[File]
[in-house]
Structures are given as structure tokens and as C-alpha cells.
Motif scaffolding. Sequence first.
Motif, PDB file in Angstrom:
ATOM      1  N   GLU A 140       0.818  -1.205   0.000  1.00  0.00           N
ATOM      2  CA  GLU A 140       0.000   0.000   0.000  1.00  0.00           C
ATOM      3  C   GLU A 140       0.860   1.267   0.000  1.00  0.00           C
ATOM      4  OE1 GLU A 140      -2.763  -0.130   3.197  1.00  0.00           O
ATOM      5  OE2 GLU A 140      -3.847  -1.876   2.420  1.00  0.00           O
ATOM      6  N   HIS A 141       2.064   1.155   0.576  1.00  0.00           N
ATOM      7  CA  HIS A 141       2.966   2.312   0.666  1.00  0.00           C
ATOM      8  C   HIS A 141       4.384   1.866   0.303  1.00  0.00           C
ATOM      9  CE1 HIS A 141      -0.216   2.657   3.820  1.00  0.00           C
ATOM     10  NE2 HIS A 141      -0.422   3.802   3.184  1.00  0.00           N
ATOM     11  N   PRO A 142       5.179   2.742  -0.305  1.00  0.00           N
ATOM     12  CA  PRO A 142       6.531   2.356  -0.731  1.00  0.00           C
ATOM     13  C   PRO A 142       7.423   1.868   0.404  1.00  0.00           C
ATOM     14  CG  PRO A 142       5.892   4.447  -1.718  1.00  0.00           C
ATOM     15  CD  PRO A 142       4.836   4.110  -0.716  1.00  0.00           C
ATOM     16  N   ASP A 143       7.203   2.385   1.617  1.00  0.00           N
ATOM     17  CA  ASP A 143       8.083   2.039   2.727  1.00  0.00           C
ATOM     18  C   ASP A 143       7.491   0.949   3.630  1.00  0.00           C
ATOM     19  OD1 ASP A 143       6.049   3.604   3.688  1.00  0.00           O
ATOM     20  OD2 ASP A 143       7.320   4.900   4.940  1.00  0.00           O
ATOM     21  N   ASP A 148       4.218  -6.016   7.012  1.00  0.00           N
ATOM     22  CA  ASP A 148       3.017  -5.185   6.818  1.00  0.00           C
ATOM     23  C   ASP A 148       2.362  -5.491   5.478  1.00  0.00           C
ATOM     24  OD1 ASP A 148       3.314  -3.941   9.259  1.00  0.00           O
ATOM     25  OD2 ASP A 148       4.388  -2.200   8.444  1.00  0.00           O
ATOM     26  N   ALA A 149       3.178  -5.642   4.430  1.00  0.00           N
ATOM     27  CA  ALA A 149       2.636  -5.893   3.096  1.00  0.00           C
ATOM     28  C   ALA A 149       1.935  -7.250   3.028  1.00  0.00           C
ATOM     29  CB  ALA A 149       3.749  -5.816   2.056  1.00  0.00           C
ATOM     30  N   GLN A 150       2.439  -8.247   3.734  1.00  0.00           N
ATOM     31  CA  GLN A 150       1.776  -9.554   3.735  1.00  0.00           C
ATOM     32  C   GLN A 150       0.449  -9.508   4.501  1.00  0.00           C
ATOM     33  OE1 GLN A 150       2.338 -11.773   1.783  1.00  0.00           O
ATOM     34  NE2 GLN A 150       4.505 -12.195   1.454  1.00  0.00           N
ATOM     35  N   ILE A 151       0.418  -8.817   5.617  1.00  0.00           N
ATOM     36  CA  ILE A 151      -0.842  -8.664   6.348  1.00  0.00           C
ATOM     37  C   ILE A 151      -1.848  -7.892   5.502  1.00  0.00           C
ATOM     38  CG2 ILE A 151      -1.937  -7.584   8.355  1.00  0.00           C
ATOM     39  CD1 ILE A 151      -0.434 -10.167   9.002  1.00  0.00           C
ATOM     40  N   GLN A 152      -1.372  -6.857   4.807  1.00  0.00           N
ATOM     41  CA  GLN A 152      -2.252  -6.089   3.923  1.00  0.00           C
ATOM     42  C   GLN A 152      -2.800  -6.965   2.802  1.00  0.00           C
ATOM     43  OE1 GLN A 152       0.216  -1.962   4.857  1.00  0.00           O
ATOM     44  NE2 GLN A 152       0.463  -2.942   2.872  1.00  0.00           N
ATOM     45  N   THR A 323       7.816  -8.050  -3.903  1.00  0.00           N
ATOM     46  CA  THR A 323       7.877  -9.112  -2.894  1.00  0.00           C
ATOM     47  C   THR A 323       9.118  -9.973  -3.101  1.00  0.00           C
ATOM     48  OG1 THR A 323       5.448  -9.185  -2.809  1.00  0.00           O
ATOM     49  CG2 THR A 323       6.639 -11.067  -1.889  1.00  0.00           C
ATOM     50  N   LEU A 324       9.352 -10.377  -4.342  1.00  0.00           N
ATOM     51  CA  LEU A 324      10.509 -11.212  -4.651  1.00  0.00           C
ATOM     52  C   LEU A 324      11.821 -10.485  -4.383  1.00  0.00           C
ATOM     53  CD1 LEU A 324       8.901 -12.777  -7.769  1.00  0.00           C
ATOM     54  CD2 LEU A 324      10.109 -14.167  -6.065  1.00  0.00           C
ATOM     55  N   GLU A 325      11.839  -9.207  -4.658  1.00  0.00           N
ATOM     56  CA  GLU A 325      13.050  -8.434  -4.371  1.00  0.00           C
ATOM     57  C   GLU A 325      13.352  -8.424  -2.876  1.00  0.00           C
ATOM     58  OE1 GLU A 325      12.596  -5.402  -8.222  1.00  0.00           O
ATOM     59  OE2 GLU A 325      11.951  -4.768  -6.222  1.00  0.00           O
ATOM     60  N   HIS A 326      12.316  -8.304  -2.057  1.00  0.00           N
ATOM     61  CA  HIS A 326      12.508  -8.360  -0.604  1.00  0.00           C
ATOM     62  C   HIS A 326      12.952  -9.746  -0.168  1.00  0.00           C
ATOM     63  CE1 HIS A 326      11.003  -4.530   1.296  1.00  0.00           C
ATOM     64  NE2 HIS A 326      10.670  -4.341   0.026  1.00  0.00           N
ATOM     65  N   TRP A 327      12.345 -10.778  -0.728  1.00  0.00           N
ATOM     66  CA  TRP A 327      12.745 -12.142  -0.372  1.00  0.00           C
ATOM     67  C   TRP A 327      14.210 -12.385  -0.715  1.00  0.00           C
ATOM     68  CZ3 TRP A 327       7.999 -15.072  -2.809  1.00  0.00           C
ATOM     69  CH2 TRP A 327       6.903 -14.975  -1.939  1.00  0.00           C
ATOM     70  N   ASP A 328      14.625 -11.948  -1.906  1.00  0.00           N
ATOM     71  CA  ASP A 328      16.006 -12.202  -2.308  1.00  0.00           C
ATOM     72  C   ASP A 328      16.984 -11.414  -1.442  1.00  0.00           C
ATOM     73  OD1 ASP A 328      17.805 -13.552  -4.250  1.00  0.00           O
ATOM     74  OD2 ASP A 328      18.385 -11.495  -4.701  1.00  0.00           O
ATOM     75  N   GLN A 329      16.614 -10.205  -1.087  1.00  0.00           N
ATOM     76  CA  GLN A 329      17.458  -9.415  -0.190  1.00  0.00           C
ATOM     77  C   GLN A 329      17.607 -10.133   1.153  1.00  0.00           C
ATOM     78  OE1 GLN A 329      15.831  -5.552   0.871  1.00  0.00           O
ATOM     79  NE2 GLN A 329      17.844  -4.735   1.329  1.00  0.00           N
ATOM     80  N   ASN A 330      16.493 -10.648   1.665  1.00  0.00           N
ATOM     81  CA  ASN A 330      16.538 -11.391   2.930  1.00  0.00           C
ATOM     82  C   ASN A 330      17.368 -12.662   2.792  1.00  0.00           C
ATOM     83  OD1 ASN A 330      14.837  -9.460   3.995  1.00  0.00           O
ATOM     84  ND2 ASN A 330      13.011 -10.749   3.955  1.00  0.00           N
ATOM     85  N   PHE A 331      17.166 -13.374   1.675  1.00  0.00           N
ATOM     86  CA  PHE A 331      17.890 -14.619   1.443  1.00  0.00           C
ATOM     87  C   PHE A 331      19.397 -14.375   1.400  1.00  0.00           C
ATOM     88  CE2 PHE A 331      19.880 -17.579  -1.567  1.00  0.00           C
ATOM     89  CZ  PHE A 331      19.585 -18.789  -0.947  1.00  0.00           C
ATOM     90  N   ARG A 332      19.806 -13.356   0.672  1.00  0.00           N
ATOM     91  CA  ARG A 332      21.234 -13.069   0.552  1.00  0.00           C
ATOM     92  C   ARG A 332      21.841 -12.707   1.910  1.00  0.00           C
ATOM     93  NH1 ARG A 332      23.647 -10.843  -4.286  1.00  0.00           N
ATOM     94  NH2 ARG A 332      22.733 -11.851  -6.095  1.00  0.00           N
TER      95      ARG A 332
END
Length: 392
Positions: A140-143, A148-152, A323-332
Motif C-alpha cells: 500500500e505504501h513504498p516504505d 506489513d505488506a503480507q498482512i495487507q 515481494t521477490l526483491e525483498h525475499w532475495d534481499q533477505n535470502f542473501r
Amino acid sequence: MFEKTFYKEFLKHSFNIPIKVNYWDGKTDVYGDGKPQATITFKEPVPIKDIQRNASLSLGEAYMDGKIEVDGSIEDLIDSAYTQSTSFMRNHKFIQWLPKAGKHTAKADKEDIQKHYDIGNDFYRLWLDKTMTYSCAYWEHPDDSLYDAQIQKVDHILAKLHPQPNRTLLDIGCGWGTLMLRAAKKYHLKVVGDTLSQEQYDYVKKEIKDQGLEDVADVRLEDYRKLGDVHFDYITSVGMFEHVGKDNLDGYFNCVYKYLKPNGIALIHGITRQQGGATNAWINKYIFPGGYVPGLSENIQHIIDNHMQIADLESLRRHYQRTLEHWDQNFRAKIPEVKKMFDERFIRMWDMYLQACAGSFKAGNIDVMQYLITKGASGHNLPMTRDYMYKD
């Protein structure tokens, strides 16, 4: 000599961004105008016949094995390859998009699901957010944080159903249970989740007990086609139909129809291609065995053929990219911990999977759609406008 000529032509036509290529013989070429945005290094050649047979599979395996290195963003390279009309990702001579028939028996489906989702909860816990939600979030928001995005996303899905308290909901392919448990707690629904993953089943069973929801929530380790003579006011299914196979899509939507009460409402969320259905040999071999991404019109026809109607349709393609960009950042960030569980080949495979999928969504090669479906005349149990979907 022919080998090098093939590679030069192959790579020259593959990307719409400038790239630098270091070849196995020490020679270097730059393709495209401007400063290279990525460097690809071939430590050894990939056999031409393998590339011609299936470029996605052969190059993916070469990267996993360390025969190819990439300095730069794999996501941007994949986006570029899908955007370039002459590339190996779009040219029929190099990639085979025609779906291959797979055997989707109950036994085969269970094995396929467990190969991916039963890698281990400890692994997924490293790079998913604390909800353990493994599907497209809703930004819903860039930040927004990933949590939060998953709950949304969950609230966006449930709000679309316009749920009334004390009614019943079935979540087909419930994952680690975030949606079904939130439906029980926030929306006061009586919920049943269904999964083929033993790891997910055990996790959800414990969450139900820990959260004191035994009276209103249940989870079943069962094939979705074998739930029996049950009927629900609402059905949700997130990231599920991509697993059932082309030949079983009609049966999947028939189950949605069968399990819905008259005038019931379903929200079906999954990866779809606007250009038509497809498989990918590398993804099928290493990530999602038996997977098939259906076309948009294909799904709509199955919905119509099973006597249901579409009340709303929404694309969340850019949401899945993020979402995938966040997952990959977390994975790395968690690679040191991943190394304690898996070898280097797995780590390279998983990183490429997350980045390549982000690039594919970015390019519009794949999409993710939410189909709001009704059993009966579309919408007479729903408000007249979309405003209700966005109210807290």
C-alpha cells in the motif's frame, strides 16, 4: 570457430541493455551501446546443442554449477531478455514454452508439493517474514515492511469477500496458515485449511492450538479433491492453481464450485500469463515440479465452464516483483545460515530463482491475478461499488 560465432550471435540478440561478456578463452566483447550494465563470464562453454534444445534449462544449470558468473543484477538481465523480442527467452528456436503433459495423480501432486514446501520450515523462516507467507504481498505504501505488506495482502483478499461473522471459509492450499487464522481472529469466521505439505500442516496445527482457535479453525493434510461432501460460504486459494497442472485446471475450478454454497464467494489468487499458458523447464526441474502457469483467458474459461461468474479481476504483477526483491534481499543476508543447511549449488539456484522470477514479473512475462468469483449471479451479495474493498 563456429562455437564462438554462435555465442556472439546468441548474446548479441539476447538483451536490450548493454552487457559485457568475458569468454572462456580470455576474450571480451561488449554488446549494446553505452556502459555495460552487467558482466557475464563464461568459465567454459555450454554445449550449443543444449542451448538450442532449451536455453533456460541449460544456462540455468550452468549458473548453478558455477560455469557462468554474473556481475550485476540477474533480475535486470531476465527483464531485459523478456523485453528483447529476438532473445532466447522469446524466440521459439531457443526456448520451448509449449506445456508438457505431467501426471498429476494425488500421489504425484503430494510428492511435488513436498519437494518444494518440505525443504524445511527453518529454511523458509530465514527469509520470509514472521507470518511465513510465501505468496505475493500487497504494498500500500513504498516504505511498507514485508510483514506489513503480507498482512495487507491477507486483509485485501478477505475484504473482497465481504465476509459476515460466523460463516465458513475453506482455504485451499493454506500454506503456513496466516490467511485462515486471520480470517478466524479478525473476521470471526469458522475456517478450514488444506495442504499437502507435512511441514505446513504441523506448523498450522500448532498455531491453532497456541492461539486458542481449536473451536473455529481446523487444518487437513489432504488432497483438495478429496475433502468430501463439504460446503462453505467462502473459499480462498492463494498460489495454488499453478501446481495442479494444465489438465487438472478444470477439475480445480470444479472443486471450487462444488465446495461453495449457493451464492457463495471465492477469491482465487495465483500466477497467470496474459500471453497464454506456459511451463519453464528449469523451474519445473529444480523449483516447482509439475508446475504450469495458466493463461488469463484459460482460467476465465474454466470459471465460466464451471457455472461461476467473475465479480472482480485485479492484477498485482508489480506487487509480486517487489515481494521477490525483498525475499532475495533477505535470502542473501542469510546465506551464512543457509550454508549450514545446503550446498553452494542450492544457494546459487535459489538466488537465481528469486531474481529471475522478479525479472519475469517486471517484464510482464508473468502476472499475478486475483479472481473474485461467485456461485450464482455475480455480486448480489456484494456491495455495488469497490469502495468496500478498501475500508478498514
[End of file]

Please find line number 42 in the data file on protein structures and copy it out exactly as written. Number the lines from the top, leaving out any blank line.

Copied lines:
ATOM     38  CG2 ILE A 151      -1.937  -7.584   8.355  1.00  0.00           C